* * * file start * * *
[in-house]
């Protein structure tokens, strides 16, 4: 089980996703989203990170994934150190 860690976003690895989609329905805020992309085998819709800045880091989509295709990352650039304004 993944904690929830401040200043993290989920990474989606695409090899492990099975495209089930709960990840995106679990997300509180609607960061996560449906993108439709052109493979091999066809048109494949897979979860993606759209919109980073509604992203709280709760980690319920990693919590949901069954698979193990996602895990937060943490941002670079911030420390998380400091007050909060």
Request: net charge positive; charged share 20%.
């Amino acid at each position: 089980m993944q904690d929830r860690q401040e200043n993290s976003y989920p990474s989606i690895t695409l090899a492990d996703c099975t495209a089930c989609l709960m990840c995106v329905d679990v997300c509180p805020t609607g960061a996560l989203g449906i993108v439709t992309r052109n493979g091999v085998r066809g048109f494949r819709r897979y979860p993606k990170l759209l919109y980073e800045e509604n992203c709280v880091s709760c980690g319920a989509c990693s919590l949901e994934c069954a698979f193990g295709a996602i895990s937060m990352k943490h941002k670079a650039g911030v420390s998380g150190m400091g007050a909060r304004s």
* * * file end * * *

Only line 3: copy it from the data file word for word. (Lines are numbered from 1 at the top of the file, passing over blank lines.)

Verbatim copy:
Request: net charge positive; charged share 20%.